The Scopes Monkey Trial, formally known as The State of Tennessee v. John Thomas Scopes trial, is a watershed event in the history of American justice system. A Tennessee high school science teacher John Scopes was brought to court for violating the state’s Butler Act which prohibited teaching about the theory of evolution. …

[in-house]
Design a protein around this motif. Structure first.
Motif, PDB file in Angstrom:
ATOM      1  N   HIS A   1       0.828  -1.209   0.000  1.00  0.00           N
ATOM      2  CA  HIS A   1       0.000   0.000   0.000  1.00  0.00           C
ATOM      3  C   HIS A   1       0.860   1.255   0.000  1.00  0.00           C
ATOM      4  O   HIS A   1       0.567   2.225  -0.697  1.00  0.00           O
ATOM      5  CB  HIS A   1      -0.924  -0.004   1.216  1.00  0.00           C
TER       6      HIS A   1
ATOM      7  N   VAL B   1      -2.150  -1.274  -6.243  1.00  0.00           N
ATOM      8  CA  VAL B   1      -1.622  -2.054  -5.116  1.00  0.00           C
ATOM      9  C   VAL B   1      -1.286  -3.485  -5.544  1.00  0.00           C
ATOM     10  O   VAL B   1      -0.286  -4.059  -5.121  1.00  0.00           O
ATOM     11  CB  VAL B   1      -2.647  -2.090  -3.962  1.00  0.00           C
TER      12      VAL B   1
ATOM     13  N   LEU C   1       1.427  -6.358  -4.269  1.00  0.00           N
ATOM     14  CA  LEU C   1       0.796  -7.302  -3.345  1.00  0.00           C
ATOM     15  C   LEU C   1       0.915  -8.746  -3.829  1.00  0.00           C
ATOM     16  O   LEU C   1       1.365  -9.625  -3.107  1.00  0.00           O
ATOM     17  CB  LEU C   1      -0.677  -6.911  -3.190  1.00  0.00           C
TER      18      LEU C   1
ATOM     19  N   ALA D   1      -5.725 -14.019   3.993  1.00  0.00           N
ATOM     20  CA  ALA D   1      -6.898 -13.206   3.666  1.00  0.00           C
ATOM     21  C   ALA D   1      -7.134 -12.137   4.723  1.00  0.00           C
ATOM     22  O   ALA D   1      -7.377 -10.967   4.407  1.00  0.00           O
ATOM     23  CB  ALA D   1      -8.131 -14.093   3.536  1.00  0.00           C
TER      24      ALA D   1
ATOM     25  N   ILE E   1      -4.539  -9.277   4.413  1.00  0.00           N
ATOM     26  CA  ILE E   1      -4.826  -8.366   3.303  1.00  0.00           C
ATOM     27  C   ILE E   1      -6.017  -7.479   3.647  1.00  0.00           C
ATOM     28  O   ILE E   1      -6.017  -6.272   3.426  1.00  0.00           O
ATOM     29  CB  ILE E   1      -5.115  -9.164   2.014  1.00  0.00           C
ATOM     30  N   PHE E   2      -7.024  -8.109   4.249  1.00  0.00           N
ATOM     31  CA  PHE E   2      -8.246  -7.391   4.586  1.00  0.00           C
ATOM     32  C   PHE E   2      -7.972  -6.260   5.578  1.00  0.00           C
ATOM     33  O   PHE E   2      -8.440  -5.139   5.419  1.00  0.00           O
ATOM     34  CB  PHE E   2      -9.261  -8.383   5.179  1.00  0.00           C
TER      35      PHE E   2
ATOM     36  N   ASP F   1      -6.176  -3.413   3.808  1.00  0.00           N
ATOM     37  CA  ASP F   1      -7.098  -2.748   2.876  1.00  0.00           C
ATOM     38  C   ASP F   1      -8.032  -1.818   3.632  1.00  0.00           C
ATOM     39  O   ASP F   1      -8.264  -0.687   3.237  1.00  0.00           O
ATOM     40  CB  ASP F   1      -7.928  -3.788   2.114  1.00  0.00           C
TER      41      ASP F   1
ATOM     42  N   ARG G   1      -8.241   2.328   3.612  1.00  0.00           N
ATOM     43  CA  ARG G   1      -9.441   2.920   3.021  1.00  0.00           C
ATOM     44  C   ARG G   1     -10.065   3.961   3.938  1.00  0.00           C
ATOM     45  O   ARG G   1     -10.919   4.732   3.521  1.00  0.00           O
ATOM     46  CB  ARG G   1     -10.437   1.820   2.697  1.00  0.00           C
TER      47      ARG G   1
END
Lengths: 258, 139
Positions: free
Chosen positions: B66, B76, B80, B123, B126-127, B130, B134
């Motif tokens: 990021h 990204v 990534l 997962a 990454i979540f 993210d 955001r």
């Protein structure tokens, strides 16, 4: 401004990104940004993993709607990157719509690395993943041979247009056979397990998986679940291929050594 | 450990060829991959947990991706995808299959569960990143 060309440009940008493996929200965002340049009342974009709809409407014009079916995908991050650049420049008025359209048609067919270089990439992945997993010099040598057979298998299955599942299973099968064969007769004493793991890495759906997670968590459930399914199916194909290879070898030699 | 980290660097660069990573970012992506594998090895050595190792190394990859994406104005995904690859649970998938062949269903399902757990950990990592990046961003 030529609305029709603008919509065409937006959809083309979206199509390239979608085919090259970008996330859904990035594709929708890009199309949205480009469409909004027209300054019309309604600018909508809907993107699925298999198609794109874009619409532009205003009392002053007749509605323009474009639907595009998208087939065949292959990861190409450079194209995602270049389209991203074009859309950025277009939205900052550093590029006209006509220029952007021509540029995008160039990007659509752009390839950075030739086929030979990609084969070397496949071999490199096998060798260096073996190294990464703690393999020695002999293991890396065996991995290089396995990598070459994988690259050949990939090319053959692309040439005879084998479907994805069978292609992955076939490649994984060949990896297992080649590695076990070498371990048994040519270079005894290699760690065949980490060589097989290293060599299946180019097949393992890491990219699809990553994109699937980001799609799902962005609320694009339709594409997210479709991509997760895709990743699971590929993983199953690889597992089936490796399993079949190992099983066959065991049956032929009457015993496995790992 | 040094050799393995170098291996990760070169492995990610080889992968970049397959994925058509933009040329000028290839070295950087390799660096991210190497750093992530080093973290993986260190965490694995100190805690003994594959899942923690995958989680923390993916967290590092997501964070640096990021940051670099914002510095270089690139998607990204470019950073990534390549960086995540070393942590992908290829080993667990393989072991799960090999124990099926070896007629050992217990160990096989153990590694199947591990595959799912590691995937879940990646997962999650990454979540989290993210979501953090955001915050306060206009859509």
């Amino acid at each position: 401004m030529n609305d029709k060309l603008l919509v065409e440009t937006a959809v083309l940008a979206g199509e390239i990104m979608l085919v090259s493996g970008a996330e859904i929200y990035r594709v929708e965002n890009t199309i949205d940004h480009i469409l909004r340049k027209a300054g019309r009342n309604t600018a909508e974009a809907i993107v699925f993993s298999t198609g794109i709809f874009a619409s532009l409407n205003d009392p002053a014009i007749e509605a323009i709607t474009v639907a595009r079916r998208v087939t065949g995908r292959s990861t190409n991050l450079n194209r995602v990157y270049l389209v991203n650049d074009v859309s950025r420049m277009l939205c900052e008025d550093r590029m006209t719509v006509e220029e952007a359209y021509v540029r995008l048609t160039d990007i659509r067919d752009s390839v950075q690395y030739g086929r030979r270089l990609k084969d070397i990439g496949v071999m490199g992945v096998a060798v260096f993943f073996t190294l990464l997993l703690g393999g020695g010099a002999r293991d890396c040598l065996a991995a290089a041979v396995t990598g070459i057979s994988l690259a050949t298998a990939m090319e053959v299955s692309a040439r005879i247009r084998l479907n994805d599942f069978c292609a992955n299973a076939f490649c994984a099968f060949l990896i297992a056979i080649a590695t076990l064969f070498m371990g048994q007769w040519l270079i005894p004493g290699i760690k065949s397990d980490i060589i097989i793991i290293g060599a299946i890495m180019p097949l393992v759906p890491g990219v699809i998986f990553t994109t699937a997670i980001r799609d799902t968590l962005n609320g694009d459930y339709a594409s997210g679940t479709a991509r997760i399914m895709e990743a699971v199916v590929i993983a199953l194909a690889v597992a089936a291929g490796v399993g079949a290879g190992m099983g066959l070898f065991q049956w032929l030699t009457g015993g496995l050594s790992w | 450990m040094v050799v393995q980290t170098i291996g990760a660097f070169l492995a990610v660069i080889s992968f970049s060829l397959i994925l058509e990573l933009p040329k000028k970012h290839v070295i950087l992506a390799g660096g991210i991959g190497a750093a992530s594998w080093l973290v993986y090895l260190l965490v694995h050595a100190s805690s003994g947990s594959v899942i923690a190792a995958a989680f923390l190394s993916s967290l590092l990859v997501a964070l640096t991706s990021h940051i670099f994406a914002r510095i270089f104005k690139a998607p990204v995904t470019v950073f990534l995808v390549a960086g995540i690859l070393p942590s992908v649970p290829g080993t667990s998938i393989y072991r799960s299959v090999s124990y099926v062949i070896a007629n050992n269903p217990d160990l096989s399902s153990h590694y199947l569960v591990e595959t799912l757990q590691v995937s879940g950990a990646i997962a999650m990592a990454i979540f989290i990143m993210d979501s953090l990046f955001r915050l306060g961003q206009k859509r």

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The Scopes Monkey Trial, formally known as The State of Tennessee v. John Thomas Scopes trial, is a watershed event in the history of American justice system. A Tennessee high school science teacher John Scopes was brought to court for violating the state’s Butler Act which prohibited teaching about the theory of evolution. Although Scopes was found guilty and later let free on technical grounds, the case was still seen by liberal Americans as the first of many battles against fundamental Christianity in the country. (Marcus & Burner, 2010, p.149) The prominent Democratic politician William Jennings Bryan represented the prosecution whereas the reputed defense attorney Clarence Darrow represented Thomas Scopes. A key passage in the trial was when William Jennings Bryant was brought to examination as a witness by Clarence Darrow. This unconventional move happened on the seventh day of the trial. Historians have presented different rationale for why Bryan agreed to be examined, but it is clear that he thought it would allow him to examine Darrow in turn. Darrow’s questions to Bryan are part of legend today, as they tried to discredit some of the assumptions and beliefs underlying Christian theology. (Marcus & Burner, 2010, p.151) A prime focus of this interview was the question of Adam and Eve. By pointing to logical flaws in the story of Adam and Eve, Darrow was showing to the jury that they were no more than mythologies. It was at this juncture that the classic exchange between the two counsels’s ensued, with Darrow telling Bryan “You insult every man of science and learning in the world because he does not believe in your fool religion”, to which Bryan responded that “The reason I am answering is not for the benefit of the superior court. It is to keep these gentlemen from saying I was afraid to meet them and let them question me, and I want the Christian world to know that any atheist, agnostic, unbeliever, can question me anytime as to my belief in God, and I will answer him.” (Scopes, 1925) It is quite clear from this answer that Bryan agreed to be a witness on grounds of principle and on the basis of his deep conviction in the Christian faith. He also went on to accuse Darrow and his team of attempting to “cast ridicule” on honest believers in the Bible. (Scopes, 1925) As the exchange between the two gentlemen got more heated, Judge Raulston was forced to adjourn the proceedings. But since the Judge believed that the examination of Bryan was irrelevant to the actual case, it was cut short and he ordered to expunge the examination from official records. But, thanks to inventive and bold journalists like H.L Mencken, most details of the trial survive to this day and have spawned more daring arguments and counterarguments from both sides in the years since. (Conkin, 1998, p.185) Representing The Baltimore Sun, H.L. Mencken was passionately involved in the proceedings of the trial. His newspaper even sponsored some of the expenses of the defense team. Mencken believed that the jury was biased in favor of the prosecution. He puts it humorously by calling the jury “unanimously hot for Genesis”. (Conkin, 1998, p.185) Hence, Mencken served a role far greater than that of mere journalism, for instead of taking a neutral viewpoint he sided with the underdogs in the trial, namely the Scopes team. But his leanings were motivated by his earnest convictions and thoughtful conclusions about the debate. He clearly foresaw the stifling effects of creationism and its associated Christian dogma upon a scientific understanding of our origins. (Conkin, 1998, p.185) Inspired by the merits he saw in Charles Darwin’s Evolution through the Theory of Natural Selection, Mencken believed